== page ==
**2012**, 179, 300–314. [Google Scholar] [CrossRef][Green Version] - McCarthy, J. Multi-image photogrammetry as a practical tool for cultural heritage survey and community engagement. J. Archaeol. Sci.
**2014**, 43, 175–185. [Google Scholar] [CrossRef] - Chandler, J.; Buckley, S. Structure from Motion (SFM) Photogrammetry vs. Terrestrial Laser Scanning; American Geosciences Institute: Alexandria, VA, USA, 2016. [Google Scholar]
- Peña-Villasenín, S.; Gil-Docampo, M.; Ortiz-Sanz, J. Professional SfM and TLS vs a simple SfM photogrammetry for 3D modelling of rock art and radiance scaling shading in engraving detection. J. Cult. Herit.
**2019**, 37, 238–246. [Google Scholar] [CrossRef] - Kamnik, R.; Perc, M.N.; Topolšek, D. Using the scanners and drone for comparison of point cloud accuracy at traffic accident analysis. Accid. Anal. Prev.
**2020**, 135, 105391. [Google Scholar] [CrossRef] - Alexiou, S.; Deligiannakis, G.; Pallikarakis, A.; Papanikolaou, I.; Psomiadis, E.; Reicherter, K. Comparing High Accuracy t-LiDAR and UAV-SfM Derived Point Clouds for Geomorphological Change Detection. ISPRS Int. J. Geo-Inf.
**2021**, 10, 367. [Google Scholar] [CrossRef] - Son, H.; Kim, C.; Kim, C. 3D reconstruction of as-built industrial instrumentation models from laser-scan data and a 3D CAD database based on prior knowledge. Autom. Constr.
**2015**, 49, 193–200. [Google Scholar] [CrossRef] - Volk, R.; Stengel, J.; Schultmann, F. Building Information Modeling (BIM) for existing buildings—Literature review and future needs. Autom. Constr.
**2014**, 38, 109–127. [Google Scholar] [CrossRef][Green Version] - Kaiser, A.; Ybanez Zepeda, J.A.; Boubekeur, T. A Survey of Simple Geometric Primitives Detection Methods for Captured 3D Data. Comput. Graph. Forum
**2018**, 38, 167–196. [Google Scholar] [CrossRef] - Rabbani, T.; Heuvel, F. 3D Industrial Reconstruction by Fitting CSG Modles to a Combination of Images and Point Clouds. ISPRS Spat. Inf. Sci.
**2004**, 35, 7–15. [Google Scholar] - Masuda, H.; Tanaka, I. As-built 3D modeling of large facilities based on interactive feature editing. Comput. Aided Des. Appl.
**2010**, 7, 349–360. [Google Scholar] [CrossRef][Green Version] - Poullis, C. A Framework for Automatic Modeling from Point Cloud Data. IEEE Trans. Pattern Anal. Mach. Intell.
**2013**, 35, 2563–2575. [Google Scholar] [CrossRef] - Ochmann, S.; Vock, R.; Klein, R. Automatic reconstruction of fully volumetric 3D building models from oriented point clouds. ISPRS J. Photogramm. Remote Sens.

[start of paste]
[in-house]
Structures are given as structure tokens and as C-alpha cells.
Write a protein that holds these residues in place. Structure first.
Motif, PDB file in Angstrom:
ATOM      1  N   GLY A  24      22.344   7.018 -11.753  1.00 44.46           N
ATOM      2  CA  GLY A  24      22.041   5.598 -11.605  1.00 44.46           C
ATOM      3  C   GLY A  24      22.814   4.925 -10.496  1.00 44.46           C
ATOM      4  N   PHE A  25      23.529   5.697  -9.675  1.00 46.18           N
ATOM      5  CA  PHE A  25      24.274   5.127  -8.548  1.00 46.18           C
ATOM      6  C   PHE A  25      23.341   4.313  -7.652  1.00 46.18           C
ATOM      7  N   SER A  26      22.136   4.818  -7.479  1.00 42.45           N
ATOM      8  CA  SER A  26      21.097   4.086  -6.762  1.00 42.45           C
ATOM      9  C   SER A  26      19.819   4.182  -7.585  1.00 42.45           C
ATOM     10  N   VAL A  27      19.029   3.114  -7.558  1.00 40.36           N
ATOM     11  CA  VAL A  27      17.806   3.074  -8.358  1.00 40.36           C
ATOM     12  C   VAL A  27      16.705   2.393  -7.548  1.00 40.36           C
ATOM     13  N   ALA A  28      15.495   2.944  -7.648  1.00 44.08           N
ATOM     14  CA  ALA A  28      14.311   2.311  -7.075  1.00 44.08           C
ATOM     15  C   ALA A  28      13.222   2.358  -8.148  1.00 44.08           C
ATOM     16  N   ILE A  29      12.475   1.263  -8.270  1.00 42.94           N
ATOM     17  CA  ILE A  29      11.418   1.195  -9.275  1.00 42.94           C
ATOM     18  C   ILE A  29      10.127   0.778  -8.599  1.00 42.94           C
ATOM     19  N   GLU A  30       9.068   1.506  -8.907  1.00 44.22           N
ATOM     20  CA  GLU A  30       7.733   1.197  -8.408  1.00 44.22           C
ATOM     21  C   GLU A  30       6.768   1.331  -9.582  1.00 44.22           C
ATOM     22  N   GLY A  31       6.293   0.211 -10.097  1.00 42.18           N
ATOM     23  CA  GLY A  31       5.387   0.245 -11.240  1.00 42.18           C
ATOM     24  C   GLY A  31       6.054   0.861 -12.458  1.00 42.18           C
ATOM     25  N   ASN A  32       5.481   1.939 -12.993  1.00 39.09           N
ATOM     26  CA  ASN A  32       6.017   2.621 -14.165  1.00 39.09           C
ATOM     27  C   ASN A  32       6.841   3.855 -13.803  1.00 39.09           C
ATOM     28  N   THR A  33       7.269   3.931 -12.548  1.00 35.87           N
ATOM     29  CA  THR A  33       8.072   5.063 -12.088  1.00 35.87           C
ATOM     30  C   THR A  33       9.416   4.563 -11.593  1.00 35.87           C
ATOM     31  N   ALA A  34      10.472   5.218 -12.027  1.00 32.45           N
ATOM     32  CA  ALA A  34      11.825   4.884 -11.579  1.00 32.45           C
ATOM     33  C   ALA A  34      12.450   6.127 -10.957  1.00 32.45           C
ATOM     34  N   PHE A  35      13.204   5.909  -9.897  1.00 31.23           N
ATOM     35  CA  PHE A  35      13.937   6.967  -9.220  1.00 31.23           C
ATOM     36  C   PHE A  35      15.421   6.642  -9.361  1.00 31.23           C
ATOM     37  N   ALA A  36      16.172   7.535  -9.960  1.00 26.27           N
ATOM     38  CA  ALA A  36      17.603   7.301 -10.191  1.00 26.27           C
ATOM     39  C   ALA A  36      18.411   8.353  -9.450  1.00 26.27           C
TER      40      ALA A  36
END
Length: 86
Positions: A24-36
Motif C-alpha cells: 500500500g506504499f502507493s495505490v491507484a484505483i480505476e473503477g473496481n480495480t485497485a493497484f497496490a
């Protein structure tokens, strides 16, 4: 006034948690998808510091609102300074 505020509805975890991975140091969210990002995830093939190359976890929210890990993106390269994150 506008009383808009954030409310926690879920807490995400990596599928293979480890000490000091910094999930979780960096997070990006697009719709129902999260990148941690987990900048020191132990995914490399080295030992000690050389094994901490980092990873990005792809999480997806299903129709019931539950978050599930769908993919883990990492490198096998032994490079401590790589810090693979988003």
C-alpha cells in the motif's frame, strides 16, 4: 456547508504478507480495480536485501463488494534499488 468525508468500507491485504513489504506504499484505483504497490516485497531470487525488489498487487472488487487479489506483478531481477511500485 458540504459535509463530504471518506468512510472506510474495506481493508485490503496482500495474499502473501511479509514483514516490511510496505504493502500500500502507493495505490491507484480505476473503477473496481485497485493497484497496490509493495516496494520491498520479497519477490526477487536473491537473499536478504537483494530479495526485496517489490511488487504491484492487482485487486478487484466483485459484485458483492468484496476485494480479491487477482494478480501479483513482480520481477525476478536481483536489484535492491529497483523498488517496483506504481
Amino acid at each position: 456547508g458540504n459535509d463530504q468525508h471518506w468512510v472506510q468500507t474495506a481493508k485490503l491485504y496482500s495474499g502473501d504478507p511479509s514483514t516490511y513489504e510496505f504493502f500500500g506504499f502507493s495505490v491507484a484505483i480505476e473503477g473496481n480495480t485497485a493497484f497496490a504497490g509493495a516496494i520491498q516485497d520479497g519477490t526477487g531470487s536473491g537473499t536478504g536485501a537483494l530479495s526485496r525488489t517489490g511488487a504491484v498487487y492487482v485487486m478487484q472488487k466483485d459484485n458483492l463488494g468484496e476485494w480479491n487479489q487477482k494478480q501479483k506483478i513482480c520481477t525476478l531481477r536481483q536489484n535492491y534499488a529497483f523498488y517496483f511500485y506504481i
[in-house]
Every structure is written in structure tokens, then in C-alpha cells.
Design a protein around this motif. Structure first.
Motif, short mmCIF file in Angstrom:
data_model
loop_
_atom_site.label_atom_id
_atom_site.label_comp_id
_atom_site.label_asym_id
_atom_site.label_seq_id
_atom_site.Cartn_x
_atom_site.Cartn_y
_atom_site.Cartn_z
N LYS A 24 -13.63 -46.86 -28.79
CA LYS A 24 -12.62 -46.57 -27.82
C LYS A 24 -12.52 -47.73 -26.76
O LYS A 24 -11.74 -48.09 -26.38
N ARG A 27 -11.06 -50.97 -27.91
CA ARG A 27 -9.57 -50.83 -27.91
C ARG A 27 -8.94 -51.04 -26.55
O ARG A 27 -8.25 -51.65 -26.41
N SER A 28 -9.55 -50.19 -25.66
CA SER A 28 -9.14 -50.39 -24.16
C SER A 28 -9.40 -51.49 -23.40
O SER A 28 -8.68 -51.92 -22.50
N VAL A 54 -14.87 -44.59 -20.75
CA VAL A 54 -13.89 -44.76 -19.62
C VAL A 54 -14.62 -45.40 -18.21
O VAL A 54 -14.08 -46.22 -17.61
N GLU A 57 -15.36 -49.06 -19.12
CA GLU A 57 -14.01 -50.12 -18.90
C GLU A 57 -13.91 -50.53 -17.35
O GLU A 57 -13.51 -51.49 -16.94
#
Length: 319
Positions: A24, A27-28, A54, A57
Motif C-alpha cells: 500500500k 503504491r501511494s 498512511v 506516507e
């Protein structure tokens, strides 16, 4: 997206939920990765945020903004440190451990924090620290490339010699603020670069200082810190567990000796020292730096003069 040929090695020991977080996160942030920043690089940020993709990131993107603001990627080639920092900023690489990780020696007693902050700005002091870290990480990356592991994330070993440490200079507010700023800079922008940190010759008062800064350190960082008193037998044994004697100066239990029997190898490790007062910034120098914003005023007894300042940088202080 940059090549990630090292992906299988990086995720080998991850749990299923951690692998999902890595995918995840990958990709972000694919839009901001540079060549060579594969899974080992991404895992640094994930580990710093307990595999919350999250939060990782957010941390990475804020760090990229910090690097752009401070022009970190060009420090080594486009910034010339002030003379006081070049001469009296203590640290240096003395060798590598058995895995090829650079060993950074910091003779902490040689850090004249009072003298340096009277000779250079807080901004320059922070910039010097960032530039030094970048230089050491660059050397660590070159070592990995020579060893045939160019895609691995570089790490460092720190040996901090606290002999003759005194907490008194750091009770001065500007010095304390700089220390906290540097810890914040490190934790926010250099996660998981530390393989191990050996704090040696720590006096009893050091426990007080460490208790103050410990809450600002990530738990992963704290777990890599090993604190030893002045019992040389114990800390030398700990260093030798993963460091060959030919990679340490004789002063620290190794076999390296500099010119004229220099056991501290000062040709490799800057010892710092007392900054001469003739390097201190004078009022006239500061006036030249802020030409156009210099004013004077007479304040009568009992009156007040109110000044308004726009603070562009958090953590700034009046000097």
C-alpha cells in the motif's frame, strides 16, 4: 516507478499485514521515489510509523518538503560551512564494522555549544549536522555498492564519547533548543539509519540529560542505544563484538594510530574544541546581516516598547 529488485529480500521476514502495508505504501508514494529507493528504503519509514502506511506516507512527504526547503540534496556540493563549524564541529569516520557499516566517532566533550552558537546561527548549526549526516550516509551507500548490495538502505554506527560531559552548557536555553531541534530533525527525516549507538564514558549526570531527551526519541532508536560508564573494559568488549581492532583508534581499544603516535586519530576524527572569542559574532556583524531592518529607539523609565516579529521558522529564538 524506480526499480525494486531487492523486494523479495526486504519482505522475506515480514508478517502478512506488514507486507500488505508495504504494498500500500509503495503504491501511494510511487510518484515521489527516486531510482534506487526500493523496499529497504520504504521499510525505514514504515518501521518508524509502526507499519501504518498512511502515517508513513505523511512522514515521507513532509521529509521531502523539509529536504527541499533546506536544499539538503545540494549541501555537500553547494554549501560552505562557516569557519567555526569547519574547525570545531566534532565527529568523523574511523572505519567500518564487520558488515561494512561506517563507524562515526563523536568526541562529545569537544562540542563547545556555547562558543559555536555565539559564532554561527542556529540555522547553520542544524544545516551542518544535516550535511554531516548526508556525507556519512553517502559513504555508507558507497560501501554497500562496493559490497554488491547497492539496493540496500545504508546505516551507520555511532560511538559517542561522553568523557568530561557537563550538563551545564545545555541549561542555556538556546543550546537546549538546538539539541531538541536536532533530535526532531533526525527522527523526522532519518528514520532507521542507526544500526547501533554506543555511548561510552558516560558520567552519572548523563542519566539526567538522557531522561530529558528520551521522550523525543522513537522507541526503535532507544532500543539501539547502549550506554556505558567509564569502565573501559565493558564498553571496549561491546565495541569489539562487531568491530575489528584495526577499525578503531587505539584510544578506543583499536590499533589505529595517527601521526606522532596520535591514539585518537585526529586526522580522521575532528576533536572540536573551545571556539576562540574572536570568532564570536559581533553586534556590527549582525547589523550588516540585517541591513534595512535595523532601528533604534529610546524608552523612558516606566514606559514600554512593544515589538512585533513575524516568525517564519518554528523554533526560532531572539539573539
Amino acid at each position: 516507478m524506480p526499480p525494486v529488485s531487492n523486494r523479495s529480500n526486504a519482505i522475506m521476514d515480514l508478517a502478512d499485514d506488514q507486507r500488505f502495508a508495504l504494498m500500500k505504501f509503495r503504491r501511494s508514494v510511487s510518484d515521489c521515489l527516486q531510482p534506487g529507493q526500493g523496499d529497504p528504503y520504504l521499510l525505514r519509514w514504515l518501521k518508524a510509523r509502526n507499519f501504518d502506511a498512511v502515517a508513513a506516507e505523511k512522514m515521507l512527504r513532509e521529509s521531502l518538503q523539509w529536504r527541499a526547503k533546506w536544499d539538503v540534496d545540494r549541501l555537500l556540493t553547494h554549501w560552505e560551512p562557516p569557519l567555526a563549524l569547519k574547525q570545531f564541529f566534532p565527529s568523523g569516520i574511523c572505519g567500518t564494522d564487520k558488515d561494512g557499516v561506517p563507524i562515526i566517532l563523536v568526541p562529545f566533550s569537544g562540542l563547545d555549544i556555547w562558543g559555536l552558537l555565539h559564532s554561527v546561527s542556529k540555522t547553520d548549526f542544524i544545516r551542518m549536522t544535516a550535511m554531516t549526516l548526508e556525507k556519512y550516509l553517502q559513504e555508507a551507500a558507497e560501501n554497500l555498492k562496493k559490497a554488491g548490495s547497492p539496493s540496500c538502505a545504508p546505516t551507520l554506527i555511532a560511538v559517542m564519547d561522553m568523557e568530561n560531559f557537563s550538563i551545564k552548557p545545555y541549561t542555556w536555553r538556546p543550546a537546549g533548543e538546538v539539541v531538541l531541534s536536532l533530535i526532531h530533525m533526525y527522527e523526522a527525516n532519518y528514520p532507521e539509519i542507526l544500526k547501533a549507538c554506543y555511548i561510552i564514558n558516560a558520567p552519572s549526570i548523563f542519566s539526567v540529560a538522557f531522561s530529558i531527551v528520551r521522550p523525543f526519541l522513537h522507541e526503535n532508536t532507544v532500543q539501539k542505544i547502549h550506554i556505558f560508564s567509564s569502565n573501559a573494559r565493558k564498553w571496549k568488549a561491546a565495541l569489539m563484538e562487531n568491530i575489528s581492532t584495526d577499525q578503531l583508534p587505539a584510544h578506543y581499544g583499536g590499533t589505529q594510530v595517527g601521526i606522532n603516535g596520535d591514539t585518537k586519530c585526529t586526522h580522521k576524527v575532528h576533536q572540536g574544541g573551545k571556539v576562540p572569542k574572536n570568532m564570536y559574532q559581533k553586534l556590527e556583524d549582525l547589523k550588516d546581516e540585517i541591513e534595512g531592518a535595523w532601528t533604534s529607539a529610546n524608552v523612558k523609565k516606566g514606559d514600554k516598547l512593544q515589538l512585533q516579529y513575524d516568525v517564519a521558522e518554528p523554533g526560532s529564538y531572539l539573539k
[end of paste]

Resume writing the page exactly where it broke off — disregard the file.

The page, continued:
**2019**, 151, 251–262. [Google Scholar] [CrossRef][Green Version] - Balletti, C.; Berto, M.; Gottardi, C.; Guerra, F. Ancient Structures and New Technologies: Survey and Digital Representation of the Wooden Dome of SS. Giovanni E Paolo in Venice. ISPRS Ann. Photogramm.
**2013**, II-5, 25–30. [Google Scholar] [CrossRef][Green Version] - Cabaleiro, M.; Riveiro, B.; Arias, P.; Caamaño, J.C. Algorithm for the analysis of the geometric properties of cross-sections of timber beams with lack of material from LIDAR data. Mater. Struct.
**2016**, 49, 4265–4278. [Google Scholar] [CrossRef] - Pöchtrager, M.; Styhler-Aydin, G.; Döring-Williams, M.; Pfeifer, N. Automated Reconstruction of Historic Roof Structures from Point clouds—Development and Examples. ISPRS Ann. Photogramm. Remote. Sens. Spat. Inf. Sci.
**2017**, IV-2/W2, 195–202. [Google Scholar] [CrossRef][Green Version] - Pöchtrager, M.; Styhler-Aydin, G.; Döring-Williams, M.; Pfeifer, N. Digital reconstruction of historic roof structures: Developing a workflow for a highly automated analysis. Virtual Archaeol. Rev.
**2018**, 9, 21–33. [Google Scholar] [CrossRef][Green Version] - Murtiyoso, A.; Grussenmeyer, P. Virtual Disassembling of Historical Edifices: Experiments and Assessments of an Automatic Approach for Classifying Multi-Scalar Point Clouds into Architectural Elements. Sensors
**2020**, 20, 2161. [Google Scholar] [CrossRef] [PubMed][Green Version] - Eßer, G.; Styhler-Aydın, G.; Hochreiner, G. The historic roof structures of the Vienna Hofburg: An innovative interdisciplinary approach in architectural sciences laying ground for structural modeling. In World Conference of Timber Engineering; Eberhardsteiner, J., Winter, W., Fadai, A., Pöll, M., Eds.; WCTE 2016 e-book; TU Verlag: Vienna, Austria, 2016; pp. 3039–3047. [Google Scholar]
- Styhler-Aydın, G.; Eßer, G. Das Dachwerk der Kirche St. Michael in Wien—Baudokumentation und Bauanalyse; Die Wiener Hofburg im Mittelalter. Von der Kastellburg bis zu den Anfängen der Kaiserresidenz; Schwarz, M., Ed.; Verlag der Österreichischen, Akademie der Wissenschaften: Vienna, Austria, 2016; pp. 527–538. ISBN 978-3-7001-7656-5. [Google Scholar]
- Wang, Q.; Tan, Y.; Mei, Z. Computational Methods of Acquisition and Processing of 3D Point Cloud Data for Construction Applications. Arch. Comput. Methods Eng.
**2020**, 27, 479–499. [Google Scholar] [CrossRef] - Rashidi, M.; Mohammadi, M.; Sadeghlou, K.; Abdolvand, M.M.; Truong-Hong, L.; Samali, B. A Decade of Modern Bridge Monitoring Using Terrestrial Laser Scanning: Review and Future Directions. Remote Sens.
**2020**, 12, 3796. [Google Scholar] [CrossRef] - Besl, P.J.; McKay, N.D. A method for registration of 3-D shapes. IEEE Trans. Pattern Anal. Mach. Intell.
**1992**, 14, 239–256. [Google Scholar] [CrossRef] - Riegl (VZ-2000i Terrestrial Laser Scanner). Available online: http://www.riegl.com/nc/products/terrestrial-scanning/produktdetail/product/scanner/58/ (accessed on 20 September 2021).